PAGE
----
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Apart from visual inspection looking for obvious marks/damage, about all you can do is compare the lift of all the lobes.  That is measure each one from peak to base circle with vernier calipers and compare.  If all the same, they are most likely ok.  The end ones normally die first in my experience.  If you have the followers than the condition of these can give useful clues as they tend to show damage first.  Don't re-use followers unless you can match them to their original lobe.  Some say original followers can be refaced and re-used.

Cheers

Nick

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Nick_Jones wrote:
Apart from visual inspection looking for obvious marks/damage, about all you can do is compare the lift of all the lobes.  That is measure each one from peak to base circle with vernier calipers and compare.  If all the same, they are most likely ok.  The end ones normally die first in my experience.  If you have the followers than the condition of these can give useful clues as they tend to show damage first.  Don't re-use followers unless you can match them to their original lobe.  Some say original followers can be refaced and re-used.

Cheers

Nick


Cheers Nick
I do see some varition between lobes but very minor. Any way to find out what the dim's on the standrd 1500 camshaft is/should be?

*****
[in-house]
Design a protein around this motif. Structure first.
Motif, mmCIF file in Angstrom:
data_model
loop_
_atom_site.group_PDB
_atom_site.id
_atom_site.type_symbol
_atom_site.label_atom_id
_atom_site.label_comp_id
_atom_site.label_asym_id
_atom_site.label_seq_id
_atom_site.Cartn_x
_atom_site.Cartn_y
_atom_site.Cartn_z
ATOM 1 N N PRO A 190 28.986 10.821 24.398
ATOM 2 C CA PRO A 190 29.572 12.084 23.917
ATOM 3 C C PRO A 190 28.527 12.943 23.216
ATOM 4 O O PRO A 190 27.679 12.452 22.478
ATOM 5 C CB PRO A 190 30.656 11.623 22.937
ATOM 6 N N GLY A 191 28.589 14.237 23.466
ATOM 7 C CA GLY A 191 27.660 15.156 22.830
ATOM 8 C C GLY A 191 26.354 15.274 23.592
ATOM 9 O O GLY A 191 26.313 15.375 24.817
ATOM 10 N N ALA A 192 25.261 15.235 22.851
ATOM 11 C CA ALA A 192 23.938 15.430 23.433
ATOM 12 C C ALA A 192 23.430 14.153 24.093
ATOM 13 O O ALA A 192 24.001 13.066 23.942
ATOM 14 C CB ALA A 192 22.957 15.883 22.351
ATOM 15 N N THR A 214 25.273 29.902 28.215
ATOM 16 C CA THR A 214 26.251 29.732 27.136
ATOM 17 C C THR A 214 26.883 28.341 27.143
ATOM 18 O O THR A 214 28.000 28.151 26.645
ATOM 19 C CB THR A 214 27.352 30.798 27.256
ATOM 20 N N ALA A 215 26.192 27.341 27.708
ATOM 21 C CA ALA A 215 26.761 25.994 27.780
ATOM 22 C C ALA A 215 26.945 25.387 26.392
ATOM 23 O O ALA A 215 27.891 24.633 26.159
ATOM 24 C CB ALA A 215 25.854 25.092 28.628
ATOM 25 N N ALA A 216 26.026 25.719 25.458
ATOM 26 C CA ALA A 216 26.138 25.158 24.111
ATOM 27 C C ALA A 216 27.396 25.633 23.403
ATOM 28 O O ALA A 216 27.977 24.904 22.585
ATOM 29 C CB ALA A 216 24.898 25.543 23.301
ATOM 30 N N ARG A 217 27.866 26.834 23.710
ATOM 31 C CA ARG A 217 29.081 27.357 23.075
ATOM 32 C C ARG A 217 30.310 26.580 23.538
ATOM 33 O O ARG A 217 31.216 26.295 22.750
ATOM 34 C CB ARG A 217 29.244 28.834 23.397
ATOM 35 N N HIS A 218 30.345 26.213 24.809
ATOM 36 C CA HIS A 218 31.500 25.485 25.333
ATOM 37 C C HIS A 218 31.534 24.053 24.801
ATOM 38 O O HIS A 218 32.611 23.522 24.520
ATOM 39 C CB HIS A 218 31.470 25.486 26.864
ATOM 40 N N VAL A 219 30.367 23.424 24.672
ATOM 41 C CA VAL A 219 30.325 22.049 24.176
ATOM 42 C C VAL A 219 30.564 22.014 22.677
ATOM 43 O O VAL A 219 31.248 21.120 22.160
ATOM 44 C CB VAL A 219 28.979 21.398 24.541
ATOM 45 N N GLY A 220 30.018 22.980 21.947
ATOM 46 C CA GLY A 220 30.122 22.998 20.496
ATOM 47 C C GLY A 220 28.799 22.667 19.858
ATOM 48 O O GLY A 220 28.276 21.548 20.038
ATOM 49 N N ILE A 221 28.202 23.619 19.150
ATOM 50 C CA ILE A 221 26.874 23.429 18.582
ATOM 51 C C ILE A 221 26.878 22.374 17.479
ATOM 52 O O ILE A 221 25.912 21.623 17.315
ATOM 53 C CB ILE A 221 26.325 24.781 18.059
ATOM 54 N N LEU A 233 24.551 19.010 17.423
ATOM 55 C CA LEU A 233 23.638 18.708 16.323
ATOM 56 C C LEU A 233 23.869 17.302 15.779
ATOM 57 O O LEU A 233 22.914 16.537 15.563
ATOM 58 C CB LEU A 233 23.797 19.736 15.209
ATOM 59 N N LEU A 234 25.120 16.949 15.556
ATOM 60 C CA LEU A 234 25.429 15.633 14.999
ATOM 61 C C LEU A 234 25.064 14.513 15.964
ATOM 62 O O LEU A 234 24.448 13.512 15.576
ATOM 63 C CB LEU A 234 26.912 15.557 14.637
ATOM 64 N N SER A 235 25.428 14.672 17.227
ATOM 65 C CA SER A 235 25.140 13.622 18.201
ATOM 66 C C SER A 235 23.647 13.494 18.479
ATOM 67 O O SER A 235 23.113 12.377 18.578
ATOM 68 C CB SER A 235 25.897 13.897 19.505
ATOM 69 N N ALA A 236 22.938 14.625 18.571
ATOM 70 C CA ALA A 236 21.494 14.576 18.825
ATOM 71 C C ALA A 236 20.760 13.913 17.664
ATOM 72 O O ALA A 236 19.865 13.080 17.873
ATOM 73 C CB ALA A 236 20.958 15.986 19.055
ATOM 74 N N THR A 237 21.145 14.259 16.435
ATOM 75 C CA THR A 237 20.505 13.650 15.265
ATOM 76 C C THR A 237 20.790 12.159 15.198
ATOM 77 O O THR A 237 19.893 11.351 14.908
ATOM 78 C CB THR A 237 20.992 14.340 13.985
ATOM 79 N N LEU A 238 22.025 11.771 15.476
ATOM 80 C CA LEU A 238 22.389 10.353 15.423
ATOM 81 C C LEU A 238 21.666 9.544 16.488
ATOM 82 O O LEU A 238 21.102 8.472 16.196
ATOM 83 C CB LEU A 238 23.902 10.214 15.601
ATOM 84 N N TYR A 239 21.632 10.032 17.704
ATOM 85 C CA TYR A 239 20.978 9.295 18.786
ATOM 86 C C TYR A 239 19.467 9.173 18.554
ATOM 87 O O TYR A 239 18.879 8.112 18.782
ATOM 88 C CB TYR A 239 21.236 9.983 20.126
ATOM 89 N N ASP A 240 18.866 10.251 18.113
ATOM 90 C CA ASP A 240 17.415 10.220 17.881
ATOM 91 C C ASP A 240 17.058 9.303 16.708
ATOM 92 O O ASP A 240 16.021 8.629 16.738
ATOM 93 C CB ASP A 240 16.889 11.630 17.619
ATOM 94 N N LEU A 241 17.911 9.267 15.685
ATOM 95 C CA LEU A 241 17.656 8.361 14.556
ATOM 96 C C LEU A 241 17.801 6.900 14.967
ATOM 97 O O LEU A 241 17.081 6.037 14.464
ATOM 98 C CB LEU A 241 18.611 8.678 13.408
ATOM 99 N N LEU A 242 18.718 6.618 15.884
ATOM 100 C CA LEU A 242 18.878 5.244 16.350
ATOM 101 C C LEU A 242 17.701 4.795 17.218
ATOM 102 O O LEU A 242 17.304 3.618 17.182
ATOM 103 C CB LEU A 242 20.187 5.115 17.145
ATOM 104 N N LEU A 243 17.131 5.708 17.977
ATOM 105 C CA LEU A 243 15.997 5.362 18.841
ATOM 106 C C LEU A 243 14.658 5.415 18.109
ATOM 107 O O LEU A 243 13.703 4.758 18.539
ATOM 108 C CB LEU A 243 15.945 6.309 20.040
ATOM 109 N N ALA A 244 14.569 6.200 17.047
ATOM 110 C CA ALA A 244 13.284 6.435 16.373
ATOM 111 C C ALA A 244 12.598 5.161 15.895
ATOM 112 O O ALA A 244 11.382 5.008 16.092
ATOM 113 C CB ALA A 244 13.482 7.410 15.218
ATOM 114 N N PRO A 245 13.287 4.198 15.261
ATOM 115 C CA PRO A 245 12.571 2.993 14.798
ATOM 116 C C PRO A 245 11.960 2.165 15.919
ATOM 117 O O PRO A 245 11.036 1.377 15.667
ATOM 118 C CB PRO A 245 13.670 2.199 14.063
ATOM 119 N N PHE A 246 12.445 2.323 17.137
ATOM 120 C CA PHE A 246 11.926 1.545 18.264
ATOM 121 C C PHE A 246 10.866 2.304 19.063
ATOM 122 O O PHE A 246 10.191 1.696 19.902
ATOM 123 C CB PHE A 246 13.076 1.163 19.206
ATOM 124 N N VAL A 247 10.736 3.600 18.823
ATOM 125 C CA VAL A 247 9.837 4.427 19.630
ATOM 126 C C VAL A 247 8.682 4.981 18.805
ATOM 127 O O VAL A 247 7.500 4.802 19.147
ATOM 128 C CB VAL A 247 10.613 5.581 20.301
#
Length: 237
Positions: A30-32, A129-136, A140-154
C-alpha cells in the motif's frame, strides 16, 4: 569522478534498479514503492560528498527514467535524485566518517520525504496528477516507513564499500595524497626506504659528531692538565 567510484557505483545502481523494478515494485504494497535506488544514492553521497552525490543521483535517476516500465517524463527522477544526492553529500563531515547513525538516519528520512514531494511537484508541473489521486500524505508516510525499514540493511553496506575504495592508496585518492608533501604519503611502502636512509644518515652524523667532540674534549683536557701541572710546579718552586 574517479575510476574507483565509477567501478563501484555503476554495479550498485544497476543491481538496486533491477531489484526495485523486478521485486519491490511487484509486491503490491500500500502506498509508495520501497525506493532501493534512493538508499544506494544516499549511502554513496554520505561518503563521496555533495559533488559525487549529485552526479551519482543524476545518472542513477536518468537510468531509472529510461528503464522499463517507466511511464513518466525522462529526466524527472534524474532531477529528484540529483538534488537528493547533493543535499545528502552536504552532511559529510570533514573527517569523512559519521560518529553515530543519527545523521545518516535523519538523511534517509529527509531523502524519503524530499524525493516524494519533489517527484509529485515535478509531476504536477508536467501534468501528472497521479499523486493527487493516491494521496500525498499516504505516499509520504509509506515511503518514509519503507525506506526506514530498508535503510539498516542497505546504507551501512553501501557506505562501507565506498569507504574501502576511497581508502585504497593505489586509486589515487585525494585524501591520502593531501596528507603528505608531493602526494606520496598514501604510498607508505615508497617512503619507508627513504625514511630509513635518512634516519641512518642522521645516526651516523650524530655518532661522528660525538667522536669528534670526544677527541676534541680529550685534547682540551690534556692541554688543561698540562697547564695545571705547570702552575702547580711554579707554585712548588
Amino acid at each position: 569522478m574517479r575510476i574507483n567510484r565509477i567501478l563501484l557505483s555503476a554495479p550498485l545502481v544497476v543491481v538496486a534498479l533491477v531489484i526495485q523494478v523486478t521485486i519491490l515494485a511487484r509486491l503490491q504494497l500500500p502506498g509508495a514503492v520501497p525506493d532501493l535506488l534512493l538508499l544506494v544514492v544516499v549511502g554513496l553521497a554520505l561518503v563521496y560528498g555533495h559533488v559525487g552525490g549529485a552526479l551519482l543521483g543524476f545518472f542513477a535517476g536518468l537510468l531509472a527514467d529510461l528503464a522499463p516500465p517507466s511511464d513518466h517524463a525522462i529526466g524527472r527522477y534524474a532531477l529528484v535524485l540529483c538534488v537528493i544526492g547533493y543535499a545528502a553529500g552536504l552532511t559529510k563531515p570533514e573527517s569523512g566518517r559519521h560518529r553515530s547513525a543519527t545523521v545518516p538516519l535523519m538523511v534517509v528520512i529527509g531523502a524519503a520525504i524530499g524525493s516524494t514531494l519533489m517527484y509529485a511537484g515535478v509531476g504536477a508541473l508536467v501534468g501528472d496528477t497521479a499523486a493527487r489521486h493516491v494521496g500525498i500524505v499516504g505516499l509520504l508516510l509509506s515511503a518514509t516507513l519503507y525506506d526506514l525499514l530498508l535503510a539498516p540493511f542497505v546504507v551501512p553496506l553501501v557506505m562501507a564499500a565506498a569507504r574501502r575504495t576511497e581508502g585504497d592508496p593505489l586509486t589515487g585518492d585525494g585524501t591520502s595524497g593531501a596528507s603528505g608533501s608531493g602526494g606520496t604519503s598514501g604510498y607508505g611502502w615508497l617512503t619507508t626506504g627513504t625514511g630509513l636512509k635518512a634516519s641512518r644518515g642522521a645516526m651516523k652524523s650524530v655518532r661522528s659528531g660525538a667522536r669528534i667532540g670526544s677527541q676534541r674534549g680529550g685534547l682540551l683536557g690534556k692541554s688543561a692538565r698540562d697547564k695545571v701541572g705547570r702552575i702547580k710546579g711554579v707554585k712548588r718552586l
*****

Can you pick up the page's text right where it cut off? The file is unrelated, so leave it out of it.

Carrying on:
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If the crank surface is good then a re-shell will be fine. I believe it was originally recommended to change the big ends (and mains) every 40,000 miles or so.
I have reshelled several engines with no issues.
About to drain the oil on the toledo, the trackday got the oil rather too hot and the new bearings started knocking, but that was extreme (oil cooler to be fitted shortly, I really should have done that before  :B )

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Thanks clive.
Just seemed a little (in my head anyway) un-necessary to have crannk ground another thou when the journals are still showing thou undersize.
As there is the inevitable variation across journals (due to manual check with micrometer, readings still comeout at around 1 though under original spec or there abouts.

If regrind is not necessary then the £100 saved here could go to rebore or some other 'necessary' modification ;)

cheers
Scott